Audrey's Best Tips for Beating Back to School Stress

In this blog, Curious Cardinals CEO and co-founder Audrey Wisch will answer your burning back-to-school questions and hopefully ease some of your fears. We know how overwhelming this transition is, and we're here to provide support. Need tailored advice or suggestions for supporting your student? Get started here.

Q: I feel like we're on hold with so much uncertainty. We don't know the kids' schedules, what they'll need or what they'll struggle with. What do I do?

A: I know this uncertainty is so stressful. With school starting soon and the schedule on hold, it's natural to worry about potential struggles and feel like you don’t have agency. But let's take this one step at a time. You do have some agency. Start by asking your child what classes they're excited for as well as what they may be feeling nervous about. That gives us clues about where they may need extra support. Consider pairing them with an academic mentor in any concerning subjects early on, to get ahead of any issues. That way you can assure them that you are putting in extra support in place just in case and starting with the support if they need it so they feel like they’ve got a better grasp on their academic year.

And if part of your concern comes from the fact that your kid doesn’t know how to manage their own schedule so while the schedule is in flux you’re responsible for them knowing what they’re doing after school each day, look into an executive functioning mentor to help manage planning and organization. Your student can meet with a mentor on Sundays to go over their calendar for the week ahead and discuss what’s on their schedule, how they can best prepare, how to prevent procrastination… hopefully removing you from the equation.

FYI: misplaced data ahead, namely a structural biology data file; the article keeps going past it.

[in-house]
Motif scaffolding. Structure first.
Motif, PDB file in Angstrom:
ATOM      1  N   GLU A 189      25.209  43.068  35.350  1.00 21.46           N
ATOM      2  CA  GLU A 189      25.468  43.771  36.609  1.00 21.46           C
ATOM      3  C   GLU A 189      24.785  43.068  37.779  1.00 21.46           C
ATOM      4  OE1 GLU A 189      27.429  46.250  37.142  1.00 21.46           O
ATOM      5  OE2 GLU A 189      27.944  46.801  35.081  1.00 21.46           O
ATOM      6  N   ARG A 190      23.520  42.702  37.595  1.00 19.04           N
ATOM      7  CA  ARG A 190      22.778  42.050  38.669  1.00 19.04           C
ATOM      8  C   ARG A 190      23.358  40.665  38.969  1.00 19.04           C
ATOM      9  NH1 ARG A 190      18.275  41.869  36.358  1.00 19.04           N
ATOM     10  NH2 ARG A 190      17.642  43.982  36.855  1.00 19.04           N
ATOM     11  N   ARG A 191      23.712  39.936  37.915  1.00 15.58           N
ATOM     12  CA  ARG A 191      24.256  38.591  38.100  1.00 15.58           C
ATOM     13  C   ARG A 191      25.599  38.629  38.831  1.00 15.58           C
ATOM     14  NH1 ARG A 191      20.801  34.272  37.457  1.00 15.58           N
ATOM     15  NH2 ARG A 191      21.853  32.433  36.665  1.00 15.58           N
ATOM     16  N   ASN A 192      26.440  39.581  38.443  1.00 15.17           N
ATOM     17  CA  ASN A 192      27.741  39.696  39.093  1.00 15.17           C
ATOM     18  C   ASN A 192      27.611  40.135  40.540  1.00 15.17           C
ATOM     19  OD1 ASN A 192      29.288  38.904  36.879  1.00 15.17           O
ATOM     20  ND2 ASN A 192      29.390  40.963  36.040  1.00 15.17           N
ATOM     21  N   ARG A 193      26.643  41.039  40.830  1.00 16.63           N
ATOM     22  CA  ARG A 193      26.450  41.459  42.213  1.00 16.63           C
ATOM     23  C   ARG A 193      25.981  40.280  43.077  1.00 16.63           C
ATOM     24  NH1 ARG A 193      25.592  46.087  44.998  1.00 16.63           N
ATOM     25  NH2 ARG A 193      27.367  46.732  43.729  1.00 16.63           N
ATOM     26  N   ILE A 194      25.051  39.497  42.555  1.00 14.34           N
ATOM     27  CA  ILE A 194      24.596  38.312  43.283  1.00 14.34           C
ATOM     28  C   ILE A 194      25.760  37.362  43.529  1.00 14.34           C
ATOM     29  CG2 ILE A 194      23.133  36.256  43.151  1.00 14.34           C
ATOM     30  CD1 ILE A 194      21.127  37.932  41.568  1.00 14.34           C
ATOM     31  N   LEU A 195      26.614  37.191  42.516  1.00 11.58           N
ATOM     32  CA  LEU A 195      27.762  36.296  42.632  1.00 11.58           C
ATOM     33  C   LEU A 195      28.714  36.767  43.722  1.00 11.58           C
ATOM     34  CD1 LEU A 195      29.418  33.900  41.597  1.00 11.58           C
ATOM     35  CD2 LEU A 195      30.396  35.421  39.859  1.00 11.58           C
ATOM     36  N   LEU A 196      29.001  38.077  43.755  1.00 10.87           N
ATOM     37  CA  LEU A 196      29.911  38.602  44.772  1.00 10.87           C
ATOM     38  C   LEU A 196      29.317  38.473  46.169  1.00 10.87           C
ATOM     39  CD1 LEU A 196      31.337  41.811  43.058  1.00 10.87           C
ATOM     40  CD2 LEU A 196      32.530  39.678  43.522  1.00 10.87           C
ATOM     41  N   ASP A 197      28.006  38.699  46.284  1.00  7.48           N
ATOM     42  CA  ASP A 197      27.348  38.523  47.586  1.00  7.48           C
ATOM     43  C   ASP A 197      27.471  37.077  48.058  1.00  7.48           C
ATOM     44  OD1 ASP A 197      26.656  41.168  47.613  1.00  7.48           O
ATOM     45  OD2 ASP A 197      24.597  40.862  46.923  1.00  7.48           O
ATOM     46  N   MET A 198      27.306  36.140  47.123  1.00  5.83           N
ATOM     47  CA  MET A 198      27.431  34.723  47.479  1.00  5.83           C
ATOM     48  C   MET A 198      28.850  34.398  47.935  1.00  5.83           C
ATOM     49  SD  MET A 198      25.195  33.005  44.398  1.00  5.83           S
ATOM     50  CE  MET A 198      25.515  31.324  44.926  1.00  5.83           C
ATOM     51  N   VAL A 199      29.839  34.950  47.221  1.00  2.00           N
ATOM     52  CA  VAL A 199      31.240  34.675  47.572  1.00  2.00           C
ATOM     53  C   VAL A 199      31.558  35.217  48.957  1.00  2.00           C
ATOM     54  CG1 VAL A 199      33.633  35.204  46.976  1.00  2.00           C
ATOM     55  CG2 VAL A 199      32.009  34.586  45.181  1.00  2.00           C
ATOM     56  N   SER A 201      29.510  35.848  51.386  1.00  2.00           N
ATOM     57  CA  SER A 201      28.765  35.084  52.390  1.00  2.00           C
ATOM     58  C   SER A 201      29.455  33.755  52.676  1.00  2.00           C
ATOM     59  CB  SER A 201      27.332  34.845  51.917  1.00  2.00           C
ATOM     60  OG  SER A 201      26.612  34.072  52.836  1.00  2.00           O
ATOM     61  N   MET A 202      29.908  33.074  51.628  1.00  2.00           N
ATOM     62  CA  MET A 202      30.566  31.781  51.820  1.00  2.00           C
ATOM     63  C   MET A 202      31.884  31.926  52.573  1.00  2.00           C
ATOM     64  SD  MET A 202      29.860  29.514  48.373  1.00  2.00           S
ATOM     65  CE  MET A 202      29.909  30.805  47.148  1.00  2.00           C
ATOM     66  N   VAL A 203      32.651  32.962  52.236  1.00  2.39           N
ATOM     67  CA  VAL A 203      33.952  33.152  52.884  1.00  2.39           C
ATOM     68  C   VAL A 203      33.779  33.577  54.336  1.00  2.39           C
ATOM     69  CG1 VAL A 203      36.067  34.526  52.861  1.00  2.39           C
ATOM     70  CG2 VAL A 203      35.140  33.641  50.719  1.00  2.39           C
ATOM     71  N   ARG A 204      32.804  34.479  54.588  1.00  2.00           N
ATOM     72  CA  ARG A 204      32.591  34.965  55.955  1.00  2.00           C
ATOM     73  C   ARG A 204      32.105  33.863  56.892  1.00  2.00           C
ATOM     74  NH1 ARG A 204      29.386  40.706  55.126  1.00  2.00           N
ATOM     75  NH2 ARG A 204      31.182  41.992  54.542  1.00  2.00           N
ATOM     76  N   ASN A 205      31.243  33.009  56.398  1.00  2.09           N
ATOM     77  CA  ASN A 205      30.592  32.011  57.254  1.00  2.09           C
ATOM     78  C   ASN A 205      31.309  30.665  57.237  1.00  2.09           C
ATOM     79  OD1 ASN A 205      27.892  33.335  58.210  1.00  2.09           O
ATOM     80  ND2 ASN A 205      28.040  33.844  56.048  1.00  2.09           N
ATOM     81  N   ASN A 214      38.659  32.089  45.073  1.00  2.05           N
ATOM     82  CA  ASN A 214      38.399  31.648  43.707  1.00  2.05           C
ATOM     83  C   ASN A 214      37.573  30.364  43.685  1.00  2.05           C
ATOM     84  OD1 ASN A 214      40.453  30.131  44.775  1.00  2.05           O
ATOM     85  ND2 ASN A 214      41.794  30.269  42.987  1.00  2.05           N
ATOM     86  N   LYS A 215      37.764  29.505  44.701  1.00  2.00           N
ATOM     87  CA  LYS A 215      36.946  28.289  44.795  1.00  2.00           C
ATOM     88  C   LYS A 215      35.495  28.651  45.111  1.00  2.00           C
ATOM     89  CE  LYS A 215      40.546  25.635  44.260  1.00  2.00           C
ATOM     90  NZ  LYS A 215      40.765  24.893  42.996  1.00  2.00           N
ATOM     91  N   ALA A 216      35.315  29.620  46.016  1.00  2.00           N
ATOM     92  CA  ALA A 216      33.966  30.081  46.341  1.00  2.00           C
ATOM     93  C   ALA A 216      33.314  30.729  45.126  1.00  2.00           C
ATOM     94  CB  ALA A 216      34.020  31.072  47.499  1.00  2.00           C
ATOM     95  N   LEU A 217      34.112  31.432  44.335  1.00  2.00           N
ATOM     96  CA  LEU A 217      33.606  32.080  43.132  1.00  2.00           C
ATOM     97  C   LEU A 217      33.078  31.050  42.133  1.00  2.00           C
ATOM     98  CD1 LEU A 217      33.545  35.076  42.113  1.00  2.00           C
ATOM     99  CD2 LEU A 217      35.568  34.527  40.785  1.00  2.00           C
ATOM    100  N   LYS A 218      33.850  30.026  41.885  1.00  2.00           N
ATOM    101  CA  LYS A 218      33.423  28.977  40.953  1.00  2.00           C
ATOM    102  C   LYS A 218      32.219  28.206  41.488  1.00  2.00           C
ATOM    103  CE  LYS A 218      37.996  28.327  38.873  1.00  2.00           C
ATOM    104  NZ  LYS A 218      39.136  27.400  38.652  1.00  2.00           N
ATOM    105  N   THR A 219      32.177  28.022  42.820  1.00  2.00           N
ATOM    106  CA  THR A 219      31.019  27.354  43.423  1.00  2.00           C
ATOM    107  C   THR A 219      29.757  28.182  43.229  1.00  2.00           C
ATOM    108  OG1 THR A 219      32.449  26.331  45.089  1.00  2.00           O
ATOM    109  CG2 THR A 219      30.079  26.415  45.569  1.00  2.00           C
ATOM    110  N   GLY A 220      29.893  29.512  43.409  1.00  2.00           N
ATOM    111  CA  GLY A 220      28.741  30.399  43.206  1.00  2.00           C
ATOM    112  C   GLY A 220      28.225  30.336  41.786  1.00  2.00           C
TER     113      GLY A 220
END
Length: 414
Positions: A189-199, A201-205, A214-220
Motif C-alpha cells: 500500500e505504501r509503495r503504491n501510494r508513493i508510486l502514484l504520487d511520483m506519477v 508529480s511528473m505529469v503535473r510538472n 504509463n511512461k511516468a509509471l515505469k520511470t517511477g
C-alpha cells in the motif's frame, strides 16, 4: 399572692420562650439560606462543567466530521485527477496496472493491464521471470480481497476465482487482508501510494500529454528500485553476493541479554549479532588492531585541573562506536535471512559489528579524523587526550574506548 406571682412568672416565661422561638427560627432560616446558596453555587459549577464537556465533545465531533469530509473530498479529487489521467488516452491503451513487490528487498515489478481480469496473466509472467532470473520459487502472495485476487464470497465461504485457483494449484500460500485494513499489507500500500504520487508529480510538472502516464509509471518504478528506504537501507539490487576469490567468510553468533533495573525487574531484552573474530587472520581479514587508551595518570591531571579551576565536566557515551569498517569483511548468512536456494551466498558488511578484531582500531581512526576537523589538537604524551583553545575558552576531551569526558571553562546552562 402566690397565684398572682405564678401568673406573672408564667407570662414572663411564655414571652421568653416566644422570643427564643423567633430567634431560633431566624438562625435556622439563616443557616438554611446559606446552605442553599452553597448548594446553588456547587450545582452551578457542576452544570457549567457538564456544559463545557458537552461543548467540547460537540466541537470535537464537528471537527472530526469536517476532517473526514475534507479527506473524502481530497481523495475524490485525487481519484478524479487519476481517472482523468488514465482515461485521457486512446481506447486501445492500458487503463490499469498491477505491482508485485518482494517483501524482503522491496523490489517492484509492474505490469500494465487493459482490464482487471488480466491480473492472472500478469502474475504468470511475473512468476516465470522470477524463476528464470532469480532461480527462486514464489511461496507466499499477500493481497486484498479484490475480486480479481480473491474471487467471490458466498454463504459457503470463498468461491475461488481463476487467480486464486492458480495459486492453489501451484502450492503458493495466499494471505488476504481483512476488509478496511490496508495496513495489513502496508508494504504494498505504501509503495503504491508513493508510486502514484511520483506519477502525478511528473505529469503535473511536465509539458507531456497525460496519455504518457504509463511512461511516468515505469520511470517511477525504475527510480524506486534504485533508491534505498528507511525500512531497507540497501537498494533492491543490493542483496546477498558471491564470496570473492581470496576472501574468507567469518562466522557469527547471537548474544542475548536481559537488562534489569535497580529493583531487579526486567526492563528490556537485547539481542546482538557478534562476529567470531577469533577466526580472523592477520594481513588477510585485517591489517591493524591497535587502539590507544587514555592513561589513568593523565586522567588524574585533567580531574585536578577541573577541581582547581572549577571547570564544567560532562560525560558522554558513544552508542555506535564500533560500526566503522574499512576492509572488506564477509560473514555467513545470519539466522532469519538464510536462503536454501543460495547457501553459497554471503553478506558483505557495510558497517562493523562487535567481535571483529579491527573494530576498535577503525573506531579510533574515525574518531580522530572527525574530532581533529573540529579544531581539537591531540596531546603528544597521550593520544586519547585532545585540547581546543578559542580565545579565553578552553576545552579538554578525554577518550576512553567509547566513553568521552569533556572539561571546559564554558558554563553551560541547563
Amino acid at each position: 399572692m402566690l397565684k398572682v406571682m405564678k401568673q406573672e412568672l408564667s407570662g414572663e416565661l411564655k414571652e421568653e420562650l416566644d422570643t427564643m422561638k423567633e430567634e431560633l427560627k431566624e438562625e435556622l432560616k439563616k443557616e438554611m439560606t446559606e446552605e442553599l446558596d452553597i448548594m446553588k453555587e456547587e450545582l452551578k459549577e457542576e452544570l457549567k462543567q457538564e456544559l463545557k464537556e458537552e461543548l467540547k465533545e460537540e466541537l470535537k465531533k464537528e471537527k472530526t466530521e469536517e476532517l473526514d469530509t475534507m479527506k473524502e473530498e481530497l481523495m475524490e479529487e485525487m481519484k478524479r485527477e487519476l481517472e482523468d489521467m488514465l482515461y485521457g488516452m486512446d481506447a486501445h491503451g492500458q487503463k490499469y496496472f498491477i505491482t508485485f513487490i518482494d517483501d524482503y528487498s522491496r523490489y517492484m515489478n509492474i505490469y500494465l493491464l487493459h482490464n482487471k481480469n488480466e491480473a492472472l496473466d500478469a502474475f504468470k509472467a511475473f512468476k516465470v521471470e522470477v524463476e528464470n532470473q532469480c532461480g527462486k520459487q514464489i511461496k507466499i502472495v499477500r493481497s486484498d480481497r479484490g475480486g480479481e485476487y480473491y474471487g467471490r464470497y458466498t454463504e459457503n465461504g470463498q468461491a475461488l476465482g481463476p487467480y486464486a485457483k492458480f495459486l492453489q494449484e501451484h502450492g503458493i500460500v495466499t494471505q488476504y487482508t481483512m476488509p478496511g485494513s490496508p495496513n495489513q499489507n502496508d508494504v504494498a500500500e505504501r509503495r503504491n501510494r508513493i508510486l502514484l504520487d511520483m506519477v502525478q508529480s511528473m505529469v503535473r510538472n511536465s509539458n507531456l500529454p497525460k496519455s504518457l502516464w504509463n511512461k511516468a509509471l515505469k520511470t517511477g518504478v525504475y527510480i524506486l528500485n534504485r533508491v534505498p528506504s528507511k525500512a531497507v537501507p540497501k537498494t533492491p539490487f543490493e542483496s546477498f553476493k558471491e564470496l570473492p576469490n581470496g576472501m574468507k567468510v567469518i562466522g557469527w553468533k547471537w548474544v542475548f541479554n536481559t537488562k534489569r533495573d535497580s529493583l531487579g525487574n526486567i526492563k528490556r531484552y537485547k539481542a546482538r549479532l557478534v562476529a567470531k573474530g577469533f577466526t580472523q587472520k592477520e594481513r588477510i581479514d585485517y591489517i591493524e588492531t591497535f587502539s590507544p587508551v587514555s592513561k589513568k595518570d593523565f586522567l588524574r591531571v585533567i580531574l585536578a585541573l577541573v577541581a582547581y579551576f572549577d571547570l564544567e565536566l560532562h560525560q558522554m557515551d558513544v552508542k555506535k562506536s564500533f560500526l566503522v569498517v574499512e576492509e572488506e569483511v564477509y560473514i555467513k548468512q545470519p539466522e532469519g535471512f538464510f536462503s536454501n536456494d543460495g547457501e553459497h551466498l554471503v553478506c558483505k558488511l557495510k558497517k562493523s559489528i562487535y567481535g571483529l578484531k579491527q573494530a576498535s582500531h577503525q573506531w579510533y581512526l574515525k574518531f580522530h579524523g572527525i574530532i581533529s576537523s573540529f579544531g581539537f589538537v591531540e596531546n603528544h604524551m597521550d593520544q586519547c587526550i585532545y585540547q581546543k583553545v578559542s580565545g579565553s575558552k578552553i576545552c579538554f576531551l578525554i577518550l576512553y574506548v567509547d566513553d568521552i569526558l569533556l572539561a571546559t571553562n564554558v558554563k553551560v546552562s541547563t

As the year unfolds, we'll continue tackling each challenge together. This period of transition is chaotic, but we can find our footing by focusing on your child's needs and lining up the right support along the way.

Q: I've got one kid in this school and another in that school. They have different needs, but both need attention. I feel like I'm being pulled in multiple directions. How do I give all my kids what they need?

A: Balancing multiple kids often at different schools with varying needs is so challenging. You want to give them all attention, but feel torn between competing demands. This struggle is completely understandable. With everything restarting at once, you're being pulled in multiple directions.

Remember - you don't have to do this alone. Think of yourself as the CEO of your household, empowered to delegate tasks and seek help where needed. Maybe a math mentor can support your student with homework, preserving your relationship. 

Most importantly, have open conversations with each child about their hopes and worries this year. Whether it be on a sunset walk or on the drive to school, lead with curiosity and take the time to ask them how they’re doing and how you can best support them. These discussions are crucial to understand their needs. You can even be explicit in asking “Would you like me to help with X class you’re nervous about or someone else?” With that understanding, you can then create an action plan tailored to the support your child needs. 

After laying this strong foundation, build out your support team. Outsource tasks where possible so you aren't carrying the full load. Lean on others to fill in gaps - your partner, a Curious Cardinals mentor, family, friends. You have an entire network behind you and if you are thoughtful and specific about where you need support, the better suited others are to step in accordingly.

Work together to find the right balance. With collaboration, care for each child, and outsourcing help where beneficial, you can navigate this season successfully. Your kids are lucky to have you spearheading their support.